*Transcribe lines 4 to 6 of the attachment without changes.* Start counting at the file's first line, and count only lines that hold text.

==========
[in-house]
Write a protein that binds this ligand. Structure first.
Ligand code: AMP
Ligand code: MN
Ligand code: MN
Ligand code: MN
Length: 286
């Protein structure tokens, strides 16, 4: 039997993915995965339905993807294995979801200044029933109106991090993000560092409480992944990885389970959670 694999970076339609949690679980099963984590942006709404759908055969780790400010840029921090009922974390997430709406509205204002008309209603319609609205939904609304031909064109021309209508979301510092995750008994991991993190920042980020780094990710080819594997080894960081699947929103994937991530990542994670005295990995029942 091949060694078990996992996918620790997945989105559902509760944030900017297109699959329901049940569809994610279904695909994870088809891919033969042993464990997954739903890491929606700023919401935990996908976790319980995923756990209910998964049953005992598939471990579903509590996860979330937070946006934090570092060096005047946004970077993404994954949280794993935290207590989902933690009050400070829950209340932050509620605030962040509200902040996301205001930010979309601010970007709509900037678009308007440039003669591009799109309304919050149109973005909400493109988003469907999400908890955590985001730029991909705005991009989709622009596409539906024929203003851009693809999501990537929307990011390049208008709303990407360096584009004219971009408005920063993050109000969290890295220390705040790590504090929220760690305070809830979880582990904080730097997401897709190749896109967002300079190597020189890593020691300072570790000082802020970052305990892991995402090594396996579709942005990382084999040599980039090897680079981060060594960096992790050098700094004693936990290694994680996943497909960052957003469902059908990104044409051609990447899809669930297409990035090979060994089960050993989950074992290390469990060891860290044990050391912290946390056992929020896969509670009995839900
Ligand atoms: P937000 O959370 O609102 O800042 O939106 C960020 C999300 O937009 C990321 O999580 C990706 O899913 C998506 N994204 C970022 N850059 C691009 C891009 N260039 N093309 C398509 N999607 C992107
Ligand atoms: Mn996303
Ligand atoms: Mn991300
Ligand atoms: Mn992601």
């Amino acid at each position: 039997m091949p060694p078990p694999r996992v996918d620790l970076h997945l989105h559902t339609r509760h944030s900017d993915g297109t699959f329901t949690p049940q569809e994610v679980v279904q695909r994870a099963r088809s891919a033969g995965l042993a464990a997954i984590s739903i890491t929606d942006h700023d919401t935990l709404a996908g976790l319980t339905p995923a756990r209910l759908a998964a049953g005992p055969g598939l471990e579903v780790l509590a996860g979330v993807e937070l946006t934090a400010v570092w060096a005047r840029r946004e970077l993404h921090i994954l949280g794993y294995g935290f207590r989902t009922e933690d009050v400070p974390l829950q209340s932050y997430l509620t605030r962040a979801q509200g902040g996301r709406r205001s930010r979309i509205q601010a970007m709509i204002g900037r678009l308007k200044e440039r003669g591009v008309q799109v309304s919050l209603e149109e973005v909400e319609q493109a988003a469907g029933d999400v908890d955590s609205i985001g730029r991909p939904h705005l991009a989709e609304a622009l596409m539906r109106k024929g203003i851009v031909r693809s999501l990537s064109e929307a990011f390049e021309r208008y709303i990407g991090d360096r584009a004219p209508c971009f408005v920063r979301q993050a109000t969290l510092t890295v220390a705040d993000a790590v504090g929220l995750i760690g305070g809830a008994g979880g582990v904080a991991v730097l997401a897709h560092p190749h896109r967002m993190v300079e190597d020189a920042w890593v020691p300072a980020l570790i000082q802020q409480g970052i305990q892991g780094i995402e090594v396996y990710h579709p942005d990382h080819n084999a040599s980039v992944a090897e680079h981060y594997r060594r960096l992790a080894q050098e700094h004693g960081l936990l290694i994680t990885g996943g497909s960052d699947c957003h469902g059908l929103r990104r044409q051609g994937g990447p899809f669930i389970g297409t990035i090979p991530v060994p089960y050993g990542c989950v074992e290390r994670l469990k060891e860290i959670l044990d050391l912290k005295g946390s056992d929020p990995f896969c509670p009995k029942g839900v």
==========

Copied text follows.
Ligand code: MN
Ligand code: MN
Ligand code: MN